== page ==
#51




Quote:

#52




@system7
This is great stuff... I wish I could add to it...
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#53




Brother Michigan, please stop sniping the subject under discussion. If you can't see that a Black Hole with a mass of several stars is huger than an electron, I am talking to a goat! In fact you can construct an 11D MTheory entirely using charged Black Holes as a D0Brane, if you want to look at it that way.
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Now back ontopic. What is a closed string? It's the boundary of a hole in space isn't it? Einstein's rubber sheet SpaceTime geometry turns out to have little holes in it. And a string attached at both ends to a DBrane which we identify as a photon. Well it's a little wormhole isn't it? It can connect two distant points in space. So we have a very simple palette of particles to choose from, and the subtlety (and the holdup currently) lies in the excitations and the 10D geometry which give the detail. There are people who hate string theory because it is not currently predicting the spectrum of particles exactly, but I think it is going places. 
#54




I believe I did keep to the topic at hand, that topic being string theory, which is 50 years old and still hasn't produced any results. Again, it's elegant, but ultimately useless at this time. The rest of the post may be taken as an aside. As for me being a "goat", please feel free to contact me outside of this thread and tell me exactly how an electron is smaller than the Planck length. I'd be happy to hear the rationalization.
Last edited by Brother Michigan; 05182011 at 02:29 PM. 
#55




OK, we'll talk about Black Holes....
You may remember that the great question of Einstein's Special Relativity was the "Twin Paradox", where one brother travelled to the nearby Alpha Centauri star at near light speed, and the other stayed at home. When the travelling twin returned home, he found his brother was 50 years older, while he was only 10 years older. This led to the deeper understanding of the relation between space and time, and overturned our ideas of distance.
You perhaps don't know that Stephen Hawking and Leonard Susskind found a similar paradox in our understanding of what a Black Hole does when you fall in one. Hawking said that Entropy was destroyed, Susskind said that it couldn't be or Quantum Mechanics would fall! Here is a Black Hole like the one at the heart of our galaxy, which is estimated to have an event horizon 13 Million Kilometres across. This one is viewed in empty space against a background of the Magellanic Cloud, the one at the core is probably a bit more cluttered with stars and gas: Leonard won the argument, and produced a working interpretation of what happens in terms of the holographic principle. This takes 50 minutes to watch, but is some of the most important physics of the last 100 years, so worth your time: http://fora.tv/2008/07/23/Leonard_Su...Black_Hole_War If you want to know more, Leonard discusses the very strange new view of our little corner of the multiverse that is emerging: http://edge.org/3rd_culture/susskind...ind_index.html I'll stop there for now.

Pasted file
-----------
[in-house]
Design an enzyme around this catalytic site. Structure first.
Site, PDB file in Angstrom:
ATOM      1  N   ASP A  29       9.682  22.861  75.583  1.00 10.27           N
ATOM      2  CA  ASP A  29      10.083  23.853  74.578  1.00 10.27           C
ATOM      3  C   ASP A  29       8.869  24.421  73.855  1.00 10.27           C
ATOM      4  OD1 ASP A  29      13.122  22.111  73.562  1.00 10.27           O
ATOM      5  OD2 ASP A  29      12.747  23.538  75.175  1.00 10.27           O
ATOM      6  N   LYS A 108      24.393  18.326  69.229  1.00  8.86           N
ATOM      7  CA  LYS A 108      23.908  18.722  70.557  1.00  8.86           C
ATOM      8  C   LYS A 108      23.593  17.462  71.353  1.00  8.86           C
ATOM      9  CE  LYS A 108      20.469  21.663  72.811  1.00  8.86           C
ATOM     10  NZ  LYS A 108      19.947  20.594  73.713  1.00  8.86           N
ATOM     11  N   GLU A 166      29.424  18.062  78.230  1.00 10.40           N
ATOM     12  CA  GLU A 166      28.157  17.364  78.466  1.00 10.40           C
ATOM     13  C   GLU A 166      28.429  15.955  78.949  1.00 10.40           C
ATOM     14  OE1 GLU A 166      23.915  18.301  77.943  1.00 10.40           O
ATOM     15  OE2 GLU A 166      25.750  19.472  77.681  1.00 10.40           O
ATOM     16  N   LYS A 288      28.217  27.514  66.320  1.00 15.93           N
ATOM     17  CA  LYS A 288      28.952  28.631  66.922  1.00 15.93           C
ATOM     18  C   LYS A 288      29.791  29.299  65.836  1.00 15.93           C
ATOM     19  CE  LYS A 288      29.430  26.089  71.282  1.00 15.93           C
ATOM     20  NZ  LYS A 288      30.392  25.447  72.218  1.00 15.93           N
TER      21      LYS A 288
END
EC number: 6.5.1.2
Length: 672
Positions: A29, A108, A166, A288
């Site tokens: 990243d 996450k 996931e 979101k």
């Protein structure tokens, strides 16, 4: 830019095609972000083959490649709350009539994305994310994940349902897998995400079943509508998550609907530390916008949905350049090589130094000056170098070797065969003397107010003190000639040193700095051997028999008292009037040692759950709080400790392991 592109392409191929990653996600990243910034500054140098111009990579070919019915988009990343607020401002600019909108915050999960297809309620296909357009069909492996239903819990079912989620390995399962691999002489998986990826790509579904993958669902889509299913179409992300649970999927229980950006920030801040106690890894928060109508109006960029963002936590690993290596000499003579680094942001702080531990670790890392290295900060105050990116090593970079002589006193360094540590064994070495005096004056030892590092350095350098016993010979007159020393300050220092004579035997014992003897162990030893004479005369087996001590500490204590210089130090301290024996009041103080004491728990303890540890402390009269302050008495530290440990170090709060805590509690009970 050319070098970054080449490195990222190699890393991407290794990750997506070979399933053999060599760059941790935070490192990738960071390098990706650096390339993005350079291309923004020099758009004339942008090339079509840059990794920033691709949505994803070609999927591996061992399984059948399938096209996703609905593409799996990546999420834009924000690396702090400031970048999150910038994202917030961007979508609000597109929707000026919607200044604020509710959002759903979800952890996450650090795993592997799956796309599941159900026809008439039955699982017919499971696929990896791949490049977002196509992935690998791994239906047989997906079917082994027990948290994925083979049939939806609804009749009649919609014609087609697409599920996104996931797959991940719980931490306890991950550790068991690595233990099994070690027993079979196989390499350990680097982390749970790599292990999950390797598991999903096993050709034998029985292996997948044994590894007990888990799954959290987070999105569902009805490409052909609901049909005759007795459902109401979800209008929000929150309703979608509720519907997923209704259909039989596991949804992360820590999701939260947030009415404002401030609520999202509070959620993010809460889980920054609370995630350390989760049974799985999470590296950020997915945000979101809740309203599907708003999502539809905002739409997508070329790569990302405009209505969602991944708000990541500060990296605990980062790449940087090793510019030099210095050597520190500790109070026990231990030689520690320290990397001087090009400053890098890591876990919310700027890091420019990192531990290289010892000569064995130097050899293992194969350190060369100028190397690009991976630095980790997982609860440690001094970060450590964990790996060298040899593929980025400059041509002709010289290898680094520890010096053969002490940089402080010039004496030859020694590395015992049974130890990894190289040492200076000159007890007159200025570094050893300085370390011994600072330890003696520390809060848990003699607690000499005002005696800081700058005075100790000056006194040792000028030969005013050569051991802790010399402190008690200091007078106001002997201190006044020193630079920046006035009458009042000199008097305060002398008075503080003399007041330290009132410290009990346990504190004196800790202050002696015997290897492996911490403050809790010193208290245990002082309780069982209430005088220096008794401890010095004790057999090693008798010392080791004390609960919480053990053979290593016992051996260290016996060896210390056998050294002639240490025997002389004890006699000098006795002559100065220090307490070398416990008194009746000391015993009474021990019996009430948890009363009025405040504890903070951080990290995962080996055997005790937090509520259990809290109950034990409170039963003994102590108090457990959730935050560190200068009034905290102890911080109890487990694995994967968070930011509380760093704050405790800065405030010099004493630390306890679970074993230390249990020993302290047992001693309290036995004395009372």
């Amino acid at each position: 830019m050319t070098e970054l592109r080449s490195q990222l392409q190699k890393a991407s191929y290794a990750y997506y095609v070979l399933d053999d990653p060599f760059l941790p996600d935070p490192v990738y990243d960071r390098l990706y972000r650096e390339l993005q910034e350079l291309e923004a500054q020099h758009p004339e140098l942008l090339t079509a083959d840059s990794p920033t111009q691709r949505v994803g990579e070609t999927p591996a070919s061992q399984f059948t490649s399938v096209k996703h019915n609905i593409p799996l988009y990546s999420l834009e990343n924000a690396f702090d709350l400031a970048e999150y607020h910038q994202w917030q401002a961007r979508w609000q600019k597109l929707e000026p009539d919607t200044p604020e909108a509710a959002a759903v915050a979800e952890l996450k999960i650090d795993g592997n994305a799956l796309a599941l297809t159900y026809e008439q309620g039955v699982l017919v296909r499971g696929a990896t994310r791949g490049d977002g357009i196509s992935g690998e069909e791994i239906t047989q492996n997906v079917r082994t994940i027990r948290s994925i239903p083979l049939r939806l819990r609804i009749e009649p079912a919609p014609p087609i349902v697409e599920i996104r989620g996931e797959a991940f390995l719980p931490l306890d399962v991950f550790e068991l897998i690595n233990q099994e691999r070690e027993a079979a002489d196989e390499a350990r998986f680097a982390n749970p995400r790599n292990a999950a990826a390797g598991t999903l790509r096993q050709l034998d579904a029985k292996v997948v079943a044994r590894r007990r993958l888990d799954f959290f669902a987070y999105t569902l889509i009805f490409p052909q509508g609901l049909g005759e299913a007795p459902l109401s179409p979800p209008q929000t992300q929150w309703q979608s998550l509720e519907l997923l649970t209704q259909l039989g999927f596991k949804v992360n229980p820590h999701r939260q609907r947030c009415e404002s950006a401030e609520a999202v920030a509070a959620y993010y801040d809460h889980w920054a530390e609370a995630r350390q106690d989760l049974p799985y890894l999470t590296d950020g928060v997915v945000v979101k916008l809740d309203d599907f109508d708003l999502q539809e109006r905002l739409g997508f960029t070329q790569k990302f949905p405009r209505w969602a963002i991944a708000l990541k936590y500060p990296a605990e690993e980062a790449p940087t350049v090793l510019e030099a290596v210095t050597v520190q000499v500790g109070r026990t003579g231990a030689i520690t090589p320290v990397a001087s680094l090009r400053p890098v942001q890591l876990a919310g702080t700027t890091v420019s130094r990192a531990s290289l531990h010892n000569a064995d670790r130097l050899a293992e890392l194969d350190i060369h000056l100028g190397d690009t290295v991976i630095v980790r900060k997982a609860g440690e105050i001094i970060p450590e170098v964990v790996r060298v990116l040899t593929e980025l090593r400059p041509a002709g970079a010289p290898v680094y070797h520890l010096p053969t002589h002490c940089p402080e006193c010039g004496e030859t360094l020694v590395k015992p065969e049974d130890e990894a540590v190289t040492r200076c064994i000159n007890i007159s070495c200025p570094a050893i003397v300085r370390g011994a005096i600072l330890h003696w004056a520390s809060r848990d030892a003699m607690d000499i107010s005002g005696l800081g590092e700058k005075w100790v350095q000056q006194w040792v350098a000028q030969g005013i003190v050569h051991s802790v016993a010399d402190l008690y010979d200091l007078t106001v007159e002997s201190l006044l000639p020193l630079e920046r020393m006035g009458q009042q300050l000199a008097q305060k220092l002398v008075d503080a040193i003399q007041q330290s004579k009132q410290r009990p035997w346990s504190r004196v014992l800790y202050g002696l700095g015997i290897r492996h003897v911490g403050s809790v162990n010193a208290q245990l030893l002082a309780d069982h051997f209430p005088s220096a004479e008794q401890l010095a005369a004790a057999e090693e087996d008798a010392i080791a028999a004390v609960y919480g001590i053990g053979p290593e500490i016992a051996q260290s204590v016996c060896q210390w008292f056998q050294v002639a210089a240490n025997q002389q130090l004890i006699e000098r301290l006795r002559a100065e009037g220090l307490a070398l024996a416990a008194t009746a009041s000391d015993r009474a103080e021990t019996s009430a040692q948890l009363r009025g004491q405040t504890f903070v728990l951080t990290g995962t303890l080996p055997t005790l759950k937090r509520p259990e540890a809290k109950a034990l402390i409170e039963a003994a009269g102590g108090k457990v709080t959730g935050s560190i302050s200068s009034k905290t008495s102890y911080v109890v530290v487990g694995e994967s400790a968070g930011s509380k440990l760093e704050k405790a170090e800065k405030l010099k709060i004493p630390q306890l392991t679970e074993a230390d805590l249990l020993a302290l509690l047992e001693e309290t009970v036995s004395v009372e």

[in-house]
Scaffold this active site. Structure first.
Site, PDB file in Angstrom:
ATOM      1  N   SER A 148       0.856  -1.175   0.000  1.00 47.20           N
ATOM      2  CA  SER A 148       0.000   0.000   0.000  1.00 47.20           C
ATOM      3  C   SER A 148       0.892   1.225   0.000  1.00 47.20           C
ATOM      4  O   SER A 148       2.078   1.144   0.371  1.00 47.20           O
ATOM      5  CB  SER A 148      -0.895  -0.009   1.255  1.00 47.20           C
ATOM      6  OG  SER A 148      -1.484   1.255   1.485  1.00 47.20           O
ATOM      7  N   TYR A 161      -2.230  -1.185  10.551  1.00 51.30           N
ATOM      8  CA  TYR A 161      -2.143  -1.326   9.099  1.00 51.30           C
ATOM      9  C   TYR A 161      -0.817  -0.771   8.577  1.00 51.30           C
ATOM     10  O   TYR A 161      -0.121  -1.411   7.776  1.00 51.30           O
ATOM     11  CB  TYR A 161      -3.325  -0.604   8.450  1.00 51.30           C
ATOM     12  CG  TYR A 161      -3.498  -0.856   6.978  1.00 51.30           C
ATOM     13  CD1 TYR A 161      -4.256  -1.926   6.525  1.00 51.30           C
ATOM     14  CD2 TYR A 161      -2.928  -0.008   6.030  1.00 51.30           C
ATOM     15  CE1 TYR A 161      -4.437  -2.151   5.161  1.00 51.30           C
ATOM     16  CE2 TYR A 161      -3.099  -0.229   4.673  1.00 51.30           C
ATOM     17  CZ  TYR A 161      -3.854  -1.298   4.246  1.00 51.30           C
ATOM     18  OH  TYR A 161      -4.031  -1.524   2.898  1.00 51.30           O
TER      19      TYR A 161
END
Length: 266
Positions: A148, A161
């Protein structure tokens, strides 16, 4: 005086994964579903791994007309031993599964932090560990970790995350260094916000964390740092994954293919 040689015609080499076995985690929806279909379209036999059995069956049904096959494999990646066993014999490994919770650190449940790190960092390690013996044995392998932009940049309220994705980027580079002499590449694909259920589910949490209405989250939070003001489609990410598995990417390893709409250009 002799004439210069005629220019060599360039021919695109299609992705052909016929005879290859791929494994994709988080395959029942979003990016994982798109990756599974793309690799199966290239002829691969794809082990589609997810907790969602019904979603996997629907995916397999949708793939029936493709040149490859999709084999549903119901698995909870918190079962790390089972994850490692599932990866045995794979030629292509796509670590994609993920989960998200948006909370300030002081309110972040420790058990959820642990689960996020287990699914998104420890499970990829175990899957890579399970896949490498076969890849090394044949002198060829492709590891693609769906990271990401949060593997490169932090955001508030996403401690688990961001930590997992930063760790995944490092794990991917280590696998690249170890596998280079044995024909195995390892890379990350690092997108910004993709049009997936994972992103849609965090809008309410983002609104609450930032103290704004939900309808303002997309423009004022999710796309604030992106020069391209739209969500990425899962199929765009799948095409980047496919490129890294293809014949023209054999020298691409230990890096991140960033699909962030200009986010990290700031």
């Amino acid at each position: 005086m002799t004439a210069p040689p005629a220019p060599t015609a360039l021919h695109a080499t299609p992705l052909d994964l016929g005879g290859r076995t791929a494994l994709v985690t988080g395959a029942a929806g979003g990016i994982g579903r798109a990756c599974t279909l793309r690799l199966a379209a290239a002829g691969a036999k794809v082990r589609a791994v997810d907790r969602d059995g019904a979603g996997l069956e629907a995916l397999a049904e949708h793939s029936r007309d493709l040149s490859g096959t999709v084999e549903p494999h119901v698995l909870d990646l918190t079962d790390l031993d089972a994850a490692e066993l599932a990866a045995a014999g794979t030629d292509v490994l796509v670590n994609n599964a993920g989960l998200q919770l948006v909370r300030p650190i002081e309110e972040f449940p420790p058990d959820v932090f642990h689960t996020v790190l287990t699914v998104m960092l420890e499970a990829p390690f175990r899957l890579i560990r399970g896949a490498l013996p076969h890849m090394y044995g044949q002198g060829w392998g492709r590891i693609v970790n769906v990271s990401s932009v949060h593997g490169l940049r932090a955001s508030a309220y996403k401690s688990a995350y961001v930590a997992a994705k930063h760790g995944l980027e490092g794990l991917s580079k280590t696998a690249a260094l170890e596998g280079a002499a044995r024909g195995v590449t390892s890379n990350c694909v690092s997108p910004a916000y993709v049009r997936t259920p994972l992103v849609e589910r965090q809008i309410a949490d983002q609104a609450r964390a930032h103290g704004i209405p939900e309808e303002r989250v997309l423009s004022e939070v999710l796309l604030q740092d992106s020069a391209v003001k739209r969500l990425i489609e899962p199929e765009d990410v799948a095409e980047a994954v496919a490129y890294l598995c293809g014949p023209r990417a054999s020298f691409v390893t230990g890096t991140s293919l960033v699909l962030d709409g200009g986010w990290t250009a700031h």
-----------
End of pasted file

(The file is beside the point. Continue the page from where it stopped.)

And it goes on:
#56




Let's do something speculative...
Most of our knowledge of particles comes from smashing electrons and protons together in accelerators, which has given us the rather arbitrary Standard Model:
Neutrinos are not something in our everyday experience, but seem to have a rather bizarre property called oscillation whereby they actually flip between each other in identity, thus an electron neutrino can be a Mu or Tao neutrino a few hundred metres away! This brings us onto a speculative observation about lepton (ie electronlike) masses embodied in the Koide Formula at the top. This has been extended to Neutrinos by Carl Brannen in the lower formula. The formula closely resembles 3 types of particles moving in the same direction in a classical gas. What is interesting about the 25 year old Koide Formula is the wonderful 45 and 120 degree symettry of the result for the electron, and bigger muon and tauon, and the Koide formula actually predicts the value of the Tau electron mass from the other two to any current accuracy. I am looking forward to playing with Brannen's formula, since the Koide one was so elegant. 
#57




************ you work! I'll watch it when I get home
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#58




Since nobody did it so far, Imma tell you a mathematical joke.
Q: How does a mathematician imagine a ten dimension space? A: He first imagines an n dimension space, then he substitutes n with 10. Thank you, what a splendid audience! I'll watch some of the videos later, but I am unfortunately too dumb in this area of science to participate. 
#59




Actually, I do hope we aren't getting too deep here. So far it's all relatively nonmathematical I think and everyone can enjoy his sort of thing.
Did anyone spot the rather lovely conformal mapping around the NASA artwork of a Black Hole? I have drawn in the (Red) Einstein Ring of the gravitational lens here, and star A and A* are actually the same object transformed around that ring, as are galaxies B and B*. The Black Hole creates another little mapping of its own at the very centre. You don't normally see the Einstein Ring because the usual sort of star like our sun making it looks bigger and blocks it out. Related to the mirrorball effect at the Orrery Cafe in Ryde High Street. Not often you see a conformal mapping in the wild! Last edited by system7; 05242011 at 09:31 AM. 
#60




all pervading Higgs field? Sounds like that aether that Michaelson and Morley disproved. Or was it Statler and Waldorf? All those old wrinkly farts look the same.

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